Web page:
Australian and American Female Nurses in the Armed Forces
To what extent were Australian and American female nurses treated as professionals in the armed forces?
"We have made partners of the women in this war; shall we admit them only to a partnership of suffering and sacrifice and not to a partnership of privilege and right?" U.S President Wilson, September 1918
My research for this essay showed that although there were similarities between American and Australian attitudes towards female nurses serving in their armed forces, some elements of the American War Department were more reluctant in allowing female nurses to serve as part of the armed forces in World War One.
The different types of sources consulted were useful for different purposes. For example, the Australian Defence Department website (See Web Reference 3) although very detailed, suffers the expected bias due to it being written and published by the nursing corps of the current Australian Army. I also discovered that it was essential to distinguish between different parts of the armed forces because in some instances, like the case of the US War Department and the US Army, they had conflicting views on female nurses serving in World War One.
This essay shows that there was a temporary marked change in each country towards the attitude of female nurses participating in the armed forces as the war progressed. However, after the conclusion of World War One, whilst they had earned respect for the nursing profession, their contribution was still not enough to admit them into the armed forces on a permanent basis.
The establishment of the Australian Army Nursing Service in New South Wales in 1898 (Adam-Smith, 1984, 16), and in America the creation of the Army Nursing Corps in 1901 (Bullough & Sentz, 2000, 77) opened the door for women to take part in some areas of the military, but only slightly. The outbreak of World War One was the major factor in the change of attitude towards nurses participating in the armed forces. Nurses were to become the most significant section of American and Australian women that directly took part in the war away from home.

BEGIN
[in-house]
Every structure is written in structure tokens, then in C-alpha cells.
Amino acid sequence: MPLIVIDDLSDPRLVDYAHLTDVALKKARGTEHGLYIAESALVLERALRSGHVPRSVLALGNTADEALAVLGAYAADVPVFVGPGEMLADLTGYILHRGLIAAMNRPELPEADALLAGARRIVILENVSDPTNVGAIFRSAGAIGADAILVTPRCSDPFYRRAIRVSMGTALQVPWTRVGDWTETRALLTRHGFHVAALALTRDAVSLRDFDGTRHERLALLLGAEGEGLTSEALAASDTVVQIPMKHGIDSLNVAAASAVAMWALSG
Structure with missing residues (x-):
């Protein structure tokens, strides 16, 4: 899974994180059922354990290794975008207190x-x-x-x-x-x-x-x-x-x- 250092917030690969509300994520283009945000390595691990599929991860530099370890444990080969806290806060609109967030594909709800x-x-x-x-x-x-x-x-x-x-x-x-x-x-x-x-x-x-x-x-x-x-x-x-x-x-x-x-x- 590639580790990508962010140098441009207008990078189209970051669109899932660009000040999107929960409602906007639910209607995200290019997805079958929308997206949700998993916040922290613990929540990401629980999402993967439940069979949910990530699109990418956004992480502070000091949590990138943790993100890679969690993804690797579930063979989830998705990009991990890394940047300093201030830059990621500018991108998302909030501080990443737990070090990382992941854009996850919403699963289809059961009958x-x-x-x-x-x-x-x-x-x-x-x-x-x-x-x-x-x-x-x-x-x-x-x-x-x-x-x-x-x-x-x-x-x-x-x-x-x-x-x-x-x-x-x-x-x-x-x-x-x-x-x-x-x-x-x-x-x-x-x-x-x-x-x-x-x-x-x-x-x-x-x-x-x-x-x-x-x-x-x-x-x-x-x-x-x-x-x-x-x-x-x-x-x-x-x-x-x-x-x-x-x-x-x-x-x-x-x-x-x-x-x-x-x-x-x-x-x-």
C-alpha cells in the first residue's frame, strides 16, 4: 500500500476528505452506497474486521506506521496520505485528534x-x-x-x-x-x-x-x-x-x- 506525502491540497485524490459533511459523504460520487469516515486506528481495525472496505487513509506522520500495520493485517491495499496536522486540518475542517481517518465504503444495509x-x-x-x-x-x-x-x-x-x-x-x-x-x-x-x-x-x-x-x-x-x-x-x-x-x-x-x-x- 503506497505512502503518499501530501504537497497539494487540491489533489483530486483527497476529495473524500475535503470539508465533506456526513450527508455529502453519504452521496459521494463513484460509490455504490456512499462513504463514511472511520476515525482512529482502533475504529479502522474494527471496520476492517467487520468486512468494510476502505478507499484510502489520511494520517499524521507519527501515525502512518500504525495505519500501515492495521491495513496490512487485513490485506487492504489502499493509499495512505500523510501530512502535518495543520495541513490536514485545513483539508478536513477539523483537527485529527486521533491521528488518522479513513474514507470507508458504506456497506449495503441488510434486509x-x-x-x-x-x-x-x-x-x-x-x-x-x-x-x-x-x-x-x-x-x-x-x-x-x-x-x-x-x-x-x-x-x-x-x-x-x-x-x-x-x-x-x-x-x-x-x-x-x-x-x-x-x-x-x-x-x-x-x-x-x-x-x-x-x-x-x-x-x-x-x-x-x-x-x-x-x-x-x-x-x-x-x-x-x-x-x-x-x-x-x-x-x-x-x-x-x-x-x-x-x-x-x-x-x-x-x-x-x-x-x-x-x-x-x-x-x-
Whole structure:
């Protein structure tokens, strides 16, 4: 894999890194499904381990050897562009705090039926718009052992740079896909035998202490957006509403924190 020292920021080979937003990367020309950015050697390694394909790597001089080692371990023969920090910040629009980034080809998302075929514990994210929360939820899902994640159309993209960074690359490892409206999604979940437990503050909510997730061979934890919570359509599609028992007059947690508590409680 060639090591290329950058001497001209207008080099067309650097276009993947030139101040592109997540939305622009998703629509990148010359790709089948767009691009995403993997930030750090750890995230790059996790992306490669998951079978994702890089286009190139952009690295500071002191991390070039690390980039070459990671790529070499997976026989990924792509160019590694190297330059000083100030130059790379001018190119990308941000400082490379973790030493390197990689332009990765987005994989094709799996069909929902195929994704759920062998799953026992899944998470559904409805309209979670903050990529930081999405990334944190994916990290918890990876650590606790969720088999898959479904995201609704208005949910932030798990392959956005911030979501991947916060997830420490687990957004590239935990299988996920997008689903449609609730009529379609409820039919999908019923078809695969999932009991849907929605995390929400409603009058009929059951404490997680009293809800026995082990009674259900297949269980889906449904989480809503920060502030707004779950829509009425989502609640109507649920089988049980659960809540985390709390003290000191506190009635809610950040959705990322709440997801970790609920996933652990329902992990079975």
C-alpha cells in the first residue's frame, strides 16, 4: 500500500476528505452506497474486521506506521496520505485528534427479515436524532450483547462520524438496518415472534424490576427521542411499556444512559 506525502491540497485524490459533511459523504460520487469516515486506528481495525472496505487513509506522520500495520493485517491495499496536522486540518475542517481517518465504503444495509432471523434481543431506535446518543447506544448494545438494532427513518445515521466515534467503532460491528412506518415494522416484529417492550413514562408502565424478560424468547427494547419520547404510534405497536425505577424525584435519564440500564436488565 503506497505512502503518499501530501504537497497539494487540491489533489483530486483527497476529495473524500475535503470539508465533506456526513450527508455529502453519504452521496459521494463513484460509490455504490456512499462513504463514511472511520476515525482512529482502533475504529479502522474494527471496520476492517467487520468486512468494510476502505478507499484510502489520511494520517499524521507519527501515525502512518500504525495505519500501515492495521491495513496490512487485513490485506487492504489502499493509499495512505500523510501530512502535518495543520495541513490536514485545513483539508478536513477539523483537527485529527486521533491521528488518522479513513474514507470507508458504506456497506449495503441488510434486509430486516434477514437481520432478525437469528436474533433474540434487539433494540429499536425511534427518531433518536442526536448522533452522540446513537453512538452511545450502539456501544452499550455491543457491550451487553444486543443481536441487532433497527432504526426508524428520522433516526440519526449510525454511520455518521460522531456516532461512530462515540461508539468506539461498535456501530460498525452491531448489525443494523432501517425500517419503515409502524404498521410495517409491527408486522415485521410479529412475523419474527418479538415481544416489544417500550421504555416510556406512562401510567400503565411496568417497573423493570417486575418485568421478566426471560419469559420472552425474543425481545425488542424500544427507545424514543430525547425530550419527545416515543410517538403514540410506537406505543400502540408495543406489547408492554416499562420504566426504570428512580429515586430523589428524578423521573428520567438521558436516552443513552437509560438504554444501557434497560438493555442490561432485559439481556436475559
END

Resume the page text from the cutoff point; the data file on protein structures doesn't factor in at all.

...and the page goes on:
World War One was the most significant opportunity for nurses and other groups of women to have direct involvement in public, national affairs and not just indirect private family matters as it used to be. World War One was the first time on a large scale that gave women the opportunity to choose either direct or indirect involvement.
The history of modern nursing stems from the pioneer work of Florence Nightingale (1820-1910) who turned nursing into a respected profession and vocation. She also reformed hospital sanitation methods. (Cohen, 1997, 128) She worked for a year as an unpaid superintendent of a London "establishment for gentlewomen during illness,"(Cohen, 1997, 130) until she and 38 other nurses were recruited for service in the Crimean War. This was the first time women were introduced to work as...